Genomic investigation of etiologic heterogeneity: methodologic challenges
Begg, Colin B
Seshan, Venkatraman E
Zabor, Emily C
Maranchie, Jodi K
Nielsen, Matthew E
Rathmell, W Kimryn
Karam, Jose A
Hakimi, A Ari
Hsieh, James JNote: Order does not necessarily reflect citation order of authors.
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CitationBegg, C. B., V. E. Seshan, E. C. Zabor, H. Furberg, A. Arora, R. Shen, J. K. Maranchie, et al. 2014. “Genomic investigation of etiologic heterogeneity: methodologic challenges.” BMC Medical Research Methodology 14 (1): 138. doi:10.1186/1471-2288-14-138. http://dx.doi.org/10.1186/1471-2288-14-138.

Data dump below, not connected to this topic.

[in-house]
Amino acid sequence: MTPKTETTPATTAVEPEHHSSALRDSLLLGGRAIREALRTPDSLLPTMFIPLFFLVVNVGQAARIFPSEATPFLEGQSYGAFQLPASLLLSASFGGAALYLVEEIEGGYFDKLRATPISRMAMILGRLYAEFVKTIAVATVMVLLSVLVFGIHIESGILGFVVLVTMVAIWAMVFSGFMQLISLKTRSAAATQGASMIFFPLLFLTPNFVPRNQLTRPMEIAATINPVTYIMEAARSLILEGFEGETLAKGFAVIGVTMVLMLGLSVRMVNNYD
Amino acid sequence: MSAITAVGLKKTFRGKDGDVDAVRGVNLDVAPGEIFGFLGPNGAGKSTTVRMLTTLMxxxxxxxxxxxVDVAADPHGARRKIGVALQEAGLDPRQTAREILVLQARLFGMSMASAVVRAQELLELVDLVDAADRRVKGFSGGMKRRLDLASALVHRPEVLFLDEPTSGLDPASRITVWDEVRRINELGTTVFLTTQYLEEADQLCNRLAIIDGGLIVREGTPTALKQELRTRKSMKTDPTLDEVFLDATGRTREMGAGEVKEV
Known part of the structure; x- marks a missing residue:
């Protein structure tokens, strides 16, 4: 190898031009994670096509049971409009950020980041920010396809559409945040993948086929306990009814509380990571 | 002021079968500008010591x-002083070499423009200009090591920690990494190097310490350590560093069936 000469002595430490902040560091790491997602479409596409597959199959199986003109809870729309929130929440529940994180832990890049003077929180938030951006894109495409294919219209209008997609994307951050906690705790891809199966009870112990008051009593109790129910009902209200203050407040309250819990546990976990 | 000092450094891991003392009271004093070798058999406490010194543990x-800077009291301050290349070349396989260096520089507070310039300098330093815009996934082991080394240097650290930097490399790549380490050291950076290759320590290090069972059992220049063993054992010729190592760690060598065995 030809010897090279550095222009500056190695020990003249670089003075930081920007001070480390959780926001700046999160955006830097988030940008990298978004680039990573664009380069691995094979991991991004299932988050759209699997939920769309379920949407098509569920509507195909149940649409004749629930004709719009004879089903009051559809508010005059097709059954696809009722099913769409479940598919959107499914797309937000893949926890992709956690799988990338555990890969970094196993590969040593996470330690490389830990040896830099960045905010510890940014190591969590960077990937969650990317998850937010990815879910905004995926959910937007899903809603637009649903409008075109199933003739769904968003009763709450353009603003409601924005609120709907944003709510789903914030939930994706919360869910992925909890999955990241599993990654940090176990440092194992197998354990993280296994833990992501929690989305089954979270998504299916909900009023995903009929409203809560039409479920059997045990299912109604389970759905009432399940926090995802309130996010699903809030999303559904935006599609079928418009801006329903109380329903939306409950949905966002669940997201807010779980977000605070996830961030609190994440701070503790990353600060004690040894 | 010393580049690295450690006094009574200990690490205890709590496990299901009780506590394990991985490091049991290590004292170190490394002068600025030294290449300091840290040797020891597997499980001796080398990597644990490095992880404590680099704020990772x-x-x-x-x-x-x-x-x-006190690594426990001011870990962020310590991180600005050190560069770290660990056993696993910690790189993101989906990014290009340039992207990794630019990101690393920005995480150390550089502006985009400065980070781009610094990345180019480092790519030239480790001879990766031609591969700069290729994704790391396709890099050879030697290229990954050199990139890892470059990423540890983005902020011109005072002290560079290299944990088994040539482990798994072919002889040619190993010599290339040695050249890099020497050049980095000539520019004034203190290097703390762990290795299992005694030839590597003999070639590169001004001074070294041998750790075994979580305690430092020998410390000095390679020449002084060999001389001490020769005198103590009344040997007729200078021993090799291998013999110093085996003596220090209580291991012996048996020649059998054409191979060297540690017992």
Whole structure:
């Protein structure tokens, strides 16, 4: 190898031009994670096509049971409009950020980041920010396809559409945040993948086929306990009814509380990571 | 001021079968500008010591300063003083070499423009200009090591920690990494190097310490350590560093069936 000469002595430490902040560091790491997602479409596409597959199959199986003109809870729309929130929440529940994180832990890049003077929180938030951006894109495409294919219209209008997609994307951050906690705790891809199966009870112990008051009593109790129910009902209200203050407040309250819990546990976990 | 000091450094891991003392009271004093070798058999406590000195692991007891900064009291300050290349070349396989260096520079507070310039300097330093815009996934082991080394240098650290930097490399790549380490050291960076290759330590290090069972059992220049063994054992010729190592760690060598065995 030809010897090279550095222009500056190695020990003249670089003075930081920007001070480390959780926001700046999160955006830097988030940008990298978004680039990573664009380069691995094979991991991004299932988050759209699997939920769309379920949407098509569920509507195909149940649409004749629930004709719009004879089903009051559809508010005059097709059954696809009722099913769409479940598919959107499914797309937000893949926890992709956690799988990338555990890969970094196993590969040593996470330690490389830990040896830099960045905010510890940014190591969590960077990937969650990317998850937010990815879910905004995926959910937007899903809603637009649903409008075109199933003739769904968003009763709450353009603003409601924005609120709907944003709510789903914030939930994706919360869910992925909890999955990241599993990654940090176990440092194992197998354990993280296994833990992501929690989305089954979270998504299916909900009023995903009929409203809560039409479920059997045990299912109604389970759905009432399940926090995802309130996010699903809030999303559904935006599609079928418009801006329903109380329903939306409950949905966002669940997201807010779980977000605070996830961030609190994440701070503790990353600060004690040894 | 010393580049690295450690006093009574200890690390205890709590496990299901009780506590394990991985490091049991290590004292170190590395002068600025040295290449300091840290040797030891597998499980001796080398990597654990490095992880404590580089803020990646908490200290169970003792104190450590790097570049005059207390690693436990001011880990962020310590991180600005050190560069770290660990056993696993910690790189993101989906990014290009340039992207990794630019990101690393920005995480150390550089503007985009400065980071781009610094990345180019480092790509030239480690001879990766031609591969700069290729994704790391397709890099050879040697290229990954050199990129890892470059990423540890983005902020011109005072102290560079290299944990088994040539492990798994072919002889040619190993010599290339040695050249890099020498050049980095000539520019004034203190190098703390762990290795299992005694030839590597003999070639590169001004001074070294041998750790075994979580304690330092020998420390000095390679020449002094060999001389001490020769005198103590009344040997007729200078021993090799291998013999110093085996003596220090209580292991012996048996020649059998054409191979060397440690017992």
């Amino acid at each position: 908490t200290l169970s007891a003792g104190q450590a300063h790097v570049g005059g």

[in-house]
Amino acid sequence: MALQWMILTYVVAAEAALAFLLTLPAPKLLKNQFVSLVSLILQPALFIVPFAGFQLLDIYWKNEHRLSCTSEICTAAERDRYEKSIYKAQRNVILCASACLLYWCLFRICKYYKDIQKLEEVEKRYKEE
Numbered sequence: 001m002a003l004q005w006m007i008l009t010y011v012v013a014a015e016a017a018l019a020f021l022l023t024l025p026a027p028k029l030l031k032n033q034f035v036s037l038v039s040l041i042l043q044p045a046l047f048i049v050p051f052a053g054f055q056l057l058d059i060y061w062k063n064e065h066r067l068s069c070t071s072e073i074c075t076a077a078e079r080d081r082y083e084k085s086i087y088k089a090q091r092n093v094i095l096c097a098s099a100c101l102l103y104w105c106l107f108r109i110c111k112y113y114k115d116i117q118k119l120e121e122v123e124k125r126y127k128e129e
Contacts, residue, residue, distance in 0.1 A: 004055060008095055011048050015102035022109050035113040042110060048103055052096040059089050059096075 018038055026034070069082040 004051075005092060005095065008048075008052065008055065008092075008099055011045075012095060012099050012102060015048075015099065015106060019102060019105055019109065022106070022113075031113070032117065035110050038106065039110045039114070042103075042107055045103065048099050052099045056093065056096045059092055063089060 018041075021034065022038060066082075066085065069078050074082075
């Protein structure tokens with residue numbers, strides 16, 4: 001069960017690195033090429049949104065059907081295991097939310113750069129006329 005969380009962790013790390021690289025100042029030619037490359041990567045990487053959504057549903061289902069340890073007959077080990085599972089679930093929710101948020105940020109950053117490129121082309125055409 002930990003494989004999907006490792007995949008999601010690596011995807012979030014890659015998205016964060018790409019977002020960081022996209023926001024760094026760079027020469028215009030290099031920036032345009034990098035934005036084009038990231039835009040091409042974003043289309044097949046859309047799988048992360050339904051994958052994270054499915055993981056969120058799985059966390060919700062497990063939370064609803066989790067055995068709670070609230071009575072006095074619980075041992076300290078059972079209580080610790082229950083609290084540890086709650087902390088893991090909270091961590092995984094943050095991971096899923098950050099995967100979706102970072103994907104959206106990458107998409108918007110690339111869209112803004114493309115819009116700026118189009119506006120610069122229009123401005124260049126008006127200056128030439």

AbstractBackground: The etiologic heterogeneity of cancer has traditionally been investigated by comparing risk factor frequencies within candidate sub-types, defined for example by histology or by distinct tumor markers of interest. Increasingly tumors are being profiled for molecular features much more extensively. This greatly expands the opportunities for defining distinct sub-types. In this article we describe an exploratory analysis of the etiologic heterogeneity of clear cell kidney cancer. Data are available on the primary known risk factors for kidney cancer, while the tumors are characterized on a genome-wide basis using expression, methylation, copy number and mutational profiles. Methods: We use a novel clustering strategy to identify sub-types. This is accomplished independently for the expression, methylation and copy number profiles. The goals are to identify tumor sub-types that are etiologically distinct, to identify the risk factors that define specific sub-types, and to endeavor to characterize the key genes that appear to represent the principal features of the distinct sub-types. Results: The analysis reveals strong evidence that gender represents an important factor that distinguishes disease sub-types. The sub-types defined using expression data and methylation data demonstrate considerable congruence and are also clearly correlated with mutations in important cancer genes. These sub-types are also strongly correlated with survival. The complexity of the data presents many analytical challenges including, prominently, the risk of false discovery. Conclusions: Genomic profiling of tumors offers the opportunity to identify etiologically distinct sub-types, paving the way for a more refined understanding of cancer etiology. Electronic supplementary material The online version of this article (doi:10.1186/1471-2288-14-138) contains supplementary material, which is available to authorized users.
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